I am interested in verified compilers formalized in Martin-Löf type theory, i.e. Coq/Agda. At the moment I’ve written a small toy example. Therewith I can prove that my optimizations are correct. For example that additions with zero can be eliminated, i.e. expressions like "x + 0".
Are there optimizations that are difficult to perform with a regular compiler, that would serve as a good example? Is it possible to prove certain properties of a program that allow optimizations that are not possible to perform with a regular compiler? (i.e. without the inference that is possible with a theorem prover)
I would be interested in ideas or examples and also references on the topic.
A related question: Compiler correctness proofs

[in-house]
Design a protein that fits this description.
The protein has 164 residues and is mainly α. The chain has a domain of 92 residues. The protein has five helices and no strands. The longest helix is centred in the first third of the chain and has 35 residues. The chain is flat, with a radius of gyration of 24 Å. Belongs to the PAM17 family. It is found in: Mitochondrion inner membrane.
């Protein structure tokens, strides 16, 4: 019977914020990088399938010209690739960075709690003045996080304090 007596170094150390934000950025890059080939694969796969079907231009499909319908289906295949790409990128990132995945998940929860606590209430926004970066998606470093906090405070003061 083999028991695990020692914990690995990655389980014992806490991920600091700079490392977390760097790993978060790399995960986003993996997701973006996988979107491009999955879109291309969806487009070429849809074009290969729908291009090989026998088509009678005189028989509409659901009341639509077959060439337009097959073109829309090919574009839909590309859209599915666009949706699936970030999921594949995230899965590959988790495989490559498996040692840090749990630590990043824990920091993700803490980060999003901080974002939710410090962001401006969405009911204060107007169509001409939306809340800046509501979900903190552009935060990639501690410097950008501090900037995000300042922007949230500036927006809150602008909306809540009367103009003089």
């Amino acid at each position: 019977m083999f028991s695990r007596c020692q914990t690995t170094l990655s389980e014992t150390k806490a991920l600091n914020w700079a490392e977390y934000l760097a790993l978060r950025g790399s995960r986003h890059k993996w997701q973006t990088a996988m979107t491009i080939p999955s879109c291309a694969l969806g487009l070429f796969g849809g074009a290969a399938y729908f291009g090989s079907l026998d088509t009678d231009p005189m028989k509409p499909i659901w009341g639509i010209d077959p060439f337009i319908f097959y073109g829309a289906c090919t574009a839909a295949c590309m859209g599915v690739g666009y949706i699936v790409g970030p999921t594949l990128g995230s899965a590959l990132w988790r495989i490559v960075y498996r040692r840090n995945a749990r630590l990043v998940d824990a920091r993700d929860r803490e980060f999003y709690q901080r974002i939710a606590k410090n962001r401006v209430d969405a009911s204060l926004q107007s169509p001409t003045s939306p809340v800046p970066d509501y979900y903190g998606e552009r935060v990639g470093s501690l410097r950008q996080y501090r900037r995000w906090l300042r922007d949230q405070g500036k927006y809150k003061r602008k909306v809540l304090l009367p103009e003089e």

edit: As Tsuyoshi nicely put it in the comments: I am looking for optimization techniques which are difficult to implement if a compiler is written in (say) C but easier to implement if a compiler is written in (say) Coq. As Agda compiles to C (via haskell) it is possible to do everything that is possible in Agda also in C. Probably the only benefit of theorem provers like Coq/Agda is that the compiler and the optimizations can be verified.
As suggested by Vijay D I write what I've read so far.
I mainly focused on Xavier Leroy and the CompCert project at INRIA (there is a 80 pages paper that is a good read, I think).
A second interest was in the work of Anton Setzer on interactive programs. I though that perhaps his work could be used to prove properties about IO programs and bisimulation of IO programs.
Thanks for mentioning Sewell. I've heard his talk "Tales from the jungle" at ICFP and read perhaps 2-3 of his papers. But I haven't specifically looked at his work and that of his coauthors.
I did not yet find out where to start or look for papers on optimizing compilers; e.g., which optimizations would be interesting to look at in the setting of a verified compiler.